The emergency plan shall include, but not be limited to, the following elements:
(a) A clear statement of purpose and scope.
(b) Information on the structure and purpose of the EPC.
(c) Identification of the facilities to which it applies.
(d) Descriptions of the emergency features (safety, fire and security) of the facility.
(e) The organisational arrangements for the facility.
(f) Separate sections for the following:
(i) The emergency identification outcomes.
(ii) The emergency response procedures, in accordance with Section 4.
(iii) The evacuation diagram, in accordance with Clause 3.5.
(iv) Training arrangements, in accordance with Section 6.
(v) Emergency response exercises, in accordance with Section 7.
(vi) Review and routine servicing, in accordance with Section 8.
(g) A statement of the extent of distribution of the emergency plan or excerpts from the emergency plan.
(h) A record of distribution, including where personal emergency evacuation plans (PEEPs) for people with disabilities are held. For example PEEPs should be held by the relevant warden.
3.5.6 Optional elements
The following additional information may be considered by the EPC for inclusion on the evacuation diagram:
(a) Direction of opening of doors on designated exits.
(c) First aid stations and kits (denoted by a white cross on a green background).
(d) Hazardous chemical store.
(e) Spill response kits.
(f) Emergency information as documented in the emergency plan.
NOTE: For example, emergency telephone numbers, emergency response procedures, fire
orders, and procedures for use of lifts in an evacuation during a fire emergency (where
regulatory approval has been obtained).
(g) [Text deleted]
(h) Specialized evacuation devices, including stairwell evacuation devices, if provided.
(i) Fire and smoke doors.
(j) Hydrants, which shall be red.
(k) Automatic external defibrillator(s) (AED).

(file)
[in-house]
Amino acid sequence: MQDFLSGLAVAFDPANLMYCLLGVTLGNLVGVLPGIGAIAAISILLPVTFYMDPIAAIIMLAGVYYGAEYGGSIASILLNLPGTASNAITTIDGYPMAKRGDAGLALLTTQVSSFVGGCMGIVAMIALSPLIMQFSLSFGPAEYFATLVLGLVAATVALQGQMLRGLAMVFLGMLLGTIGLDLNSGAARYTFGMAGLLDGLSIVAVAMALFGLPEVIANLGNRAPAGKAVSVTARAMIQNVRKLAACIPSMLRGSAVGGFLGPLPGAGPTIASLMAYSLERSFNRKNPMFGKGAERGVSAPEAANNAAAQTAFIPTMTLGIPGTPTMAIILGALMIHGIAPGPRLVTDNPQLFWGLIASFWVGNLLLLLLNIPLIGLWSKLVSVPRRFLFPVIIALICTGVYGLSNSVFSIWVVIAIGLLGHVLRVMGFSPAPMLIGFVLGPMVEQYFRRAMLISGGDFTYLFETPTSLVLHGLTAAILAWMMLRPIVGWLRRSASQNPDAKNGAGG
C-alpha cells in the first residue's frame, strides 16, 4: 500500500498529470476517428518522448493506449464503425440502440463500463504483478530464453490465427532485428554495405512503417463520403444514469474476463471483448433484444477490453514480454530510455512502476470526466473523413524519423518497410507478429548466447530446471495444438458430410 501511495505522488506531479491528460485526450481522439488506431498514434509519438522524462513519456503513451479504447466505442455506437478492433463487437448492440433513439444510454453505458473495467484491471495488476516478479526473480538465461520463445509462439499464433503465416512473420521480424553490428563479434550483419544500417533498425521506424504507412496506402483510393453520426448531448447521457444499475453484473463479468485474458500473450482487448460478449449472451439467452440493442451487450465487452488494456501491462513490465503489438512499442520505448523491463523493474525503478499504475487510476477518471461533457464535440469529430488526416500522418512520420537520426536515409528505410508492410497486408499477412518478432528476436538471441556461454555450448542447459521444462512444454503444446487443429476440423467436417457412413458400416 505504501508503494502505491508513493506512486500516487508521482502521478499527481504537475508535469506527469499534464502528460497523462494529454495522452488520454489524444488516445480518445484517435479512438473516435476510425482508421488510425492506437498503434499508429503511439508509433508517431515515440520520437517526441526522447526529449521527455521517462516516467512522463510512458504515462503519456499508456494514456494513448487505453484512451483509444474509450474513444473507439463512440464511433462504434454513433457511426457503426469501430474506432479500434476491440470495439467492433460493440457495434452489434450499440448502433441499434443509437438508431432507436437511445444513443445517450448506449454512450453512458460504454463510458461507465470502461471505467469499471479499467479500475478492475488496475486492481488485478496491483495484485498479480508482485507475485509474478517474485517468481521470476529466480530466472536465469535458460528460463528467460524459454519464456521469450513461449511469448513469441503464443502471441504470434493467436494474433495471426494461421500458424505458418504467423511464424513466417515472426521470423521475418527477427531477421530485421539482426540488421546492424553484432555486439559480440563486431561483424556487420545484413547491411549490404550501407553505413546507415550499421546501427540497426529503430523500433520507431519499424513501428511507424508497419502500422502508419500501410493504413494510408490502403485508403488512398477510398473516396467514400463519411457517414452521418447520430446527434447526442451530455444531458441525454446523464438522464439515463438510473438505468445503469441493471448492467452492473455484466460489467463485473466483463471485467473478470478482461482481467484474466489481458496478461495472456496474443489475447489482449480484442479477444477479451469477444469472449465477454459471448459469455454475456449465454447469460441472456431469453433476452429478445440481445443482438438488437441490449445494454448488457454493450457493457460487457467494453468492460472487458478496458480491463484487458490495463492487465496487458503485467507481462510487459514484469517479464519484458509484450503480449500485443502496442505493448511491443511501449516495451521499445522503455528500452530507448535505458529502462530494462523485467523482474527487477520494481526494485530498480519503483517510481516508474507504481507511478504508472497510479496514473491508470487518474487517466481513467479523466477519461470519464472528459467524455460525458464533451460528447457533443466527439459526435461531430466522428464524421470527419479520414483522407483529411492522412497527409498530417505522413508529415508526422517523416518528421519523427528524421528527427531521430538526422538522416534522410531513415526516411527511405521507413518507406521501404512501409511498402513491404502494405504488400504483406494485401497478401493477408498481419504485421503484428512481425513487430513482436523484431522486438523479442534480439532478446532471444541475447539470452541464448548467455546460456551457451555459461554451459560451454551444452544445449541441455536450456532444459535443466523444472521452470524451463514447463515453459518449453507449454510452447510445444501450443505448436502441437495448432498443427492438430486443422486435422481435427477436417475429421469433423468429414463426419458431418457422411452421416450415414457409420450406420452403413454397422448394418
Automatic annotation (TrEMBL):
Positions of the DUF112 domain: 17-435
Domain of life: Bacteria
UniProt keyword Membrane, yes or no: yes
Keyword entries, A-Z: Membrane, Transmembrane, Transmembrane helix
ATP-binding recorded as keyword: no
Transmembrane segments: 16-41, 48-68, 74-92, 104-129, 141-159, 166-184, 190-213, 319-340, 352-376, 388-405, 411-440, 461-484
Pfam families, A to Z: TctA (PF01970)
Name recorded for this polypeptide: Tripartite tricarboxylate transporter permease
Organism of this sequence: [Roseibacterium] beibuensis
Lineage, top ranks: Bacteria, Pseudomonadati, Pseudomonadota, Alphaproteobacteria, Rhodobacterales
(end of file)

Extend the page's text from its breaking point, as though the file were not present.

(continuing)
(l) Electrical switchboard location(s).
(m) Solar power isolation point(s).
18.104.22.168 Communicating the emergency
The emergency procedures shall address the method of warning and communication to be used during an emergency.
The needs of occupants and visitors with a disability shall be considered when developing procedures for emergency warning. This may entail alternative means of communicating emergency information and warnings.
22.214.171.124 Occupants and visitors with a disability
The evacuation arrangements for persons with a disability shall be considered in the development of the emergency response procedures.
126.96.36.199 Evacuation options
The procedures shall address the extent of evacuation from a facility that is necessary for different types of emergencies. Consideration shall be given to the following evacuation options, as appropriate to the facility:
(a) Full evacuation This measure is used to clear a building or facility of all occupants (see Notes 1 and 2).
(b) Partial evacuation This measure is an alternative to a total evacuation in some buildings such as hospitals, aged care facilities and multi-storey buildings.
NOTE: Partial evacuation may—
(a) include evacuation into or through smoke and fire compartments;
(b) be used to evacuate individuals closest to a situation and to prevent congestion in the stairways; or
(c) be utilized when evacuation of several floors is sufficient to protect occupants while the hazard is being eliminated, i.e., to move people away from a localized emergency within a building or facility (see Note 3).
(c) Shelter in place (no evacuation) This measure is an emergency response option that allows occupants and visitors to remain inside a facility on the basis that an evacuation to an external-to-building location might reasonably expose evacuating people to a greater level of danger.